Welcome to an interview with Juss Apivala. We were recently invited to a Wear Test at the House Of Vans in Waterloo. It was for Gilbert Crockett’s Pro shoe Before we took our shoes out for a spin we were given a brief presentation about the thought behind them. Juss Apivala had flown in to help host this event and take us through the technology which went into making the first-ever vulcanised cupsole. We thought we would get a slightly more in-depth look at the design process for you in the way of this little interview so you can be as well informed as we are…
Interview by Jacob Sawyer. Juss Apivala explaining the Wafflecup construction
Can you introduce yourself and tell us what your role is at Vans…
My name is Juss. I work in the European headquarters and I am a product manager for Vans Action Sports footwear. Most of my attention is focussed on Pro Skate – which is our main skate line – and then Syndicate. Syndicate is the higher tier of Pro Skate, where we do projects linked more to the cultural side of skateboarding and where the products have a more limited distribution. I also deal with snowboard boots and three other footwear categories: Surf, LXVI and OTW. Basically my job revolves around a bunch of cool shoes.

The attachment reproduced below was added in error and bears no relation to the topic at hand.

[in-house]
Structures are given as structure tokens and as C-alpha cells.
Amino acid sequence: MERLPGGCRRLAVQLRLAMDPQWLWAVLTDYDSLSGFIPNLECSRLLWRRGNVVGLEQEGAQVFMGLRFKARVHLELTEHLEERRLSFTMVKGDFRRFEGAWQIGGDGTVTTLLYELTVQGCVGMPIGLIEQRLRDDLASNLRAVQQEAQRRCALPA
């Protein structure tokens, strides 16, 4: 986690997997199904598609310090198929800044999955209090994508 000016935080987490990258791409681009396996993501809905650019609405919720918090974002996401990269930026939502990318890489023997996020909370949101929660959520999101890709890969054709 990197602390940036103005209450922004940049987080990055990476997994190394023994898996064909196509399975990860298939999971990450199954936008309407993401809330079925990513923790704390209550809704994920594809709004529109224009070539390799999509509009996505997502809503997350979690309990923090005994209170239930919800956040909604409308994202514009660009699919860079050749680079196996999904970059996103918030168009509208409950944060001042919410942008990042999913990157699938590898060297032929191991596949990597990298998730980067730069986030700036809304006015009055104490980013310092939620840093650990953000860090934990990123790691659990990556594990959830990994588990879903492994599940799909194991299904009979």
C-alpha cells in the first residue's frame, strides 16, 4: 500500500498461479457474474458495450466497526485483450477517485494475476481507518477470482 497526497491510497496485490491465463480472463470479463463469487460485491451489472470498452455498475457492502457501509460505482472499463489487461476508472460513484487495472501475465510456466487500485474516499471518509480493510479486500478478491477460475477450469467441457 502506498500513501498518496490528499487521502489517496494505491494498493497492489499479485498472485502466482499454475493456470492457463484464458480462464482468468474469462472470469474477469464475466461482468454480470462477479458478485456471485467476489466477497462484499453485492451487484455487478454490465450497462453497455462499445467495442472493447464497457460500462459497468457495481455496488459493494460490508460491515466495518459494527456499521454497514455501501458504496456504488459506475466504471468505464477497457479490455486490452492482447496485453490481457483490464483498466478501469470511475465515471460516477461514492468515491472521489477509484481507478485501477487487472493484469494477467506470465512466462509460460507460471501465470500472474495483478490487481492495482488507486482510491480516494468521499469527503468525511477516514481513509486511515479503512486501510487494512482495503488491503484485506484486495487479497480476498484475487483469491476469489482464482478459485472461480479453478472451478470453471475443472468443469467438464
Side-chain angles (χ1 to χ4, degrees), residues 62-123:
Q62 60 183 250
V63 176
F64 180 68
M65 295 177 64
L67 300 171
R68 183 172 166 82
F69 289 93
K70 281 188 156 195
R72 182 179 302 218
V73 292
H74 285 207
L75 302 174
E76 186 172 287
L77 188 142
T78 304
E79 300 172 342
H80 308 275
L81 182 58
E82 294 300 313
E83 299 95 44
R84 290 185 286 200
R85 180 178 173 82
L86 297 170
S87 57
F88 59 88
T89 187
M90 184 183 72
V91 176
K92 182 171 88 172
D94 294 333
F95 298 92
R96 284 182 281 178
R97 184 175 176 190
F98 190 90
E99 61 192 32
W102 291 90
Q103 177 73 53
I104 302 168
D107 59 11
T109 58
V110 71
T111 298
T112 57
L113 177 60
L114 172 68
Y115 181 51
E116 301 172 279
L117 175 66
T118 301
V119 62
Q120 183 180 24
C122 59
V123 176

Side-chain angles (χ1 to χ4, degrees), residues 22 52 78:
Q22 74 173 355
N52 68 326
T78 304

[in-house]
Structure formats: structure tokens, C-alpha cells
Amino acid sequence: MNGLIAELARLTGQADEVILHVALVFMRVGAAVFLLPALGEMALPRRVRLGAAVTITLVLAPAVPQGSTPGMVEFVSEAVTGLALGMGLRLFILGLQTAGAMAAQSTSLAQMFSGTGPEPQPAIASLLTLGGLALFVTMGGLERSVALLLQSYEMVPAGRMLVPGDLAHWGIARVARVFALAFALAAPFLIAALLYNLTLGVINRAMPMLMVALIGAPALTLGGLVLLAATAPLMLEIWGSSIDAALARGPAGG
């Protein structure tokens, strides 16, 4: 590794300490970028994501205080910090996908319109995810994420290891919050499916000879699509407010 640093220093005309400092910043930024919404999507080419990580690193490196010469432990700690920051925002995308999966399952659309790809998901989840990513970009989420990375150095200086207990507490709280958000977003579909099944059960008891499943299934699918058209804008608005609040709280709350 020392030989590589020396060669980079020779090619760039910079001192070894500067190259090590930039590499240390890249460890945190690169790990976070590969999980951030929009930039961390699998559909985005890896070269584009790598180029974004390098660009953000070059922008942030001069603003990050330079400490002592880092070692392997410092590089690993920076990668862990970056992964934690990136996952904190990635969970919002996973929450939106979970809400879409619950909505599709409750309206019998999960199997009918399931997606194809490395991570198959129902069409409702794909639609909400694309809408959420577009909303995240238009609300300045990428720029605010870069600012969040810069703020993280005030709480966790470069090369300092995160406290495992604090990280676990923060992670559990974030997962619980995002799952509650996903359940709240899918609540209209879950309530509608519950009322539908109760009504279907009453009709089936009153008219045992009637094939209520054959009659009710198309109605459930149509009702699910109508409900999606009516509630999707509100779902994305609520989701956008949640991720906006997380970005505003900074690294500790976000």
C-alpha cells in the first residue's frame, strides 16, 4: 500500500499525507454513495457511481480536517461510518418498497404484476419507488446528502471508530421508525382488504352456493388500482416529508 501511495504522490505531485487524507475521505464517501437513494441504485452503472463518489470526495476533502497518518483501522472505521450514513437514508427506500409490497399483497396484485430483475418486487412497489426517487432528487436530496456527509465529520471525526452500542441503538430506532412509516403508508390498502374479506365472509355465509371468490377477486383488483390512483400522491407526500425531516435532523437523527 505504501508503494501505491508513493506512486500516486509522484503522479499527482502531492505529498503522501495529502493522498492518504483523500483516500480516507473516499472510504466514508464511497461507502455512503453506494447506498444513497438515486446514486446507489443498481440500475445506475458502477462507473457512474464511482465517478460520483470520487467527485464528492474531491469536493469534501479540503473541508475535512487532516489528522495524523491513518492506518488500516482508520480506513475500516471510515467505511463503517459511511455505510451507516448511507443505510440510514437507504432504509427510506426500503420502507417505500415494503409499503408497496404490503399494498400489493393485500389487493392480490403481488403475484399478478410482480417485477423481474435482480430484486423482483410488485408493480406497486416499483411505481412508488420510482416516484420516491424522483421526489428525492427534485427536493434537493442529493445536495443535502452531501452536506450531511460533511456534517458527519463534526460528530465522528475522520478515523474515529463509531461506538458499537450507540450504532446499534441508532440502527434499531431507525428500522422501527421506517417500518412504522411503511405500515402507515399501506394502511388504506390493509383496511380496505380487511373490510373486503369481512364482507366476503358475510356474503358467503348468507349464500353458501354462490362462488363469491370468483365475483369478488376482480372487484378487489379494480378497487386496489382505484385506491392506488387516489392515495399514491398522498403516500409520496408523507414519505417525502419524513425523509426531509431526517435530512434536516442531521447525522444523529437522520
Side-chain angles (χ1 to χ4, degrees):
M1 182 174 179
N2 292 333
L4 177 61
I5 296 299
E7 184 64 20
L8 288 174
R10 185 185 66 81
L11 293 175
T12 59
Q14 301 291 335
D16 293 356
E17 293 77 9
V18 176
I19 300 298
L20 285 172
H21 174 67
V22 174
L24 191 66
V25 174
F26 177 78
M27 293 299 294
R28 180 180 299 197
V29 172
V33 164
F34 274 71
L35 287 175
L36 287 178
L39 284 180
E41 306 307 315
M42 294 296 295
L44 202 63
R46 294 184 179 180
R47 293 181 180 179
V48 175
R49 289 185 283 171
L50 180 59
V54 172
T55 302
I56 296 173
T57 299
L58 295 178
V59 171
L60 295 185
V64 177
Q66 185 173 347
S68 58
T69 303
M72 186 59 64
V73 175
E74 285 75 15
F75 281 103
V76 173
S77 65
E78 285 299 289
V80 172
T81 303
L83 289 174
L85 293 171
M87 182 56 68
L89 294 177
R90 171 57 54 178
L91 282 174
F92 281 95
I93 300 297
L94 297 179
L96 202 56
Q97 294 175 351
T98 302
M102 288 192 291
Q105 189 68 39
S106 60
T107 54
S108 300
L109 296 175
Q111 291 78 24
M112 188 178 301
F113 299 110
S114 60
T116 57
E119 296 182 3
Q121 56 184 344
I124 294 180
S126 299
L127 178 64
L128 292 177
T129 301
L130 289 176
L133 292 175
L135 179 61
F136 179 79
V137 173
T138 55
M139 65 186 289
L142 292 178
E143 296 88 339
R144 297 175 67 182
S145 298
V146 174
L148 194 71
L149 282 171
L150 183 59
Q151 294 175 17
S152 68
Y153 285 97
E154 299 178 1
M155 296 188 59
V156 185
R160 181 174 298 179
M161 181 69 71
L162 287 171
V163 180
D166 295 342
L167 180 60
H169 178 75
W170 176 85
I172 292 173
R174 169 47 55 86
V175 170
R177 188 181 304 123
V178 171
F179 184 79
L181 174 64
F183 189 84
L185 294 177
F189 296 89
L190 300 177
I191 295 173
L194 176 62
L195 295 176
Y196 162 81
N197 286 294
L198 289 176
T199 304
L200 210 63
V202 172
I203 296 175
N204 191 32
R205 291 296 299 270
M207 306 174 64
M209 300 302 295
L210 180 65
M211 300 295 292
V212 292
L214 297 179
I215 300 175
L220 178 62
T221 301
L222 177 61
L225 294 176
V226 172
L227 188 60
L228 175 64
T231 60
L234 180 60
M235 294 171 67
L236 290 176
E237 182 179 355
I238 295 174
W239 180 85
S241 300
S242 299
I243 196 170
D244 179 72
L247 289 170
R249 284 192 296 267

What is your preferred role there, and what do you enjoy the most?
As I grew up snowboarding and skating, being able to work with skaters and snowboarders and that product is what I enjoy the most. It’s kind of like you never grow up, you can postpone your adulthood. That’s what I really enjoy. I’m not designing a product or developing it, it’s more of a strategic position. My role is to see where there are opportunities to grow the business and manage the footwear ranges accordingly. If there is a need, my job is to see how we can cater for it, or if something is working really well how we can ensure it’s in all the right places. It’s more the business side of things, but it’s cool because it also involves briefing new products. My job is to brief from an EMEA perspective, covering the requirements of Europe, Middle East and Africa. Basically we travel around and speak to the stores and learn from their feedback as to what product is working, and what might not be. We’re also are looking at what’s happening on the streets and listen to skaters. Based on that and some other information we brief the Global office about what product we need in terms of colourways and materials or if we need to make a new product to cater to certain skaters. We then go to the global office in the US for line reviews where all regions get together and work on the new lines. My job is to make sure that when we go there we get the product that Europe needs. It’s pretty cool that i have the chance to be involved with all the local markets here in Europe but then also have a very close connection with all the US guys at the global office.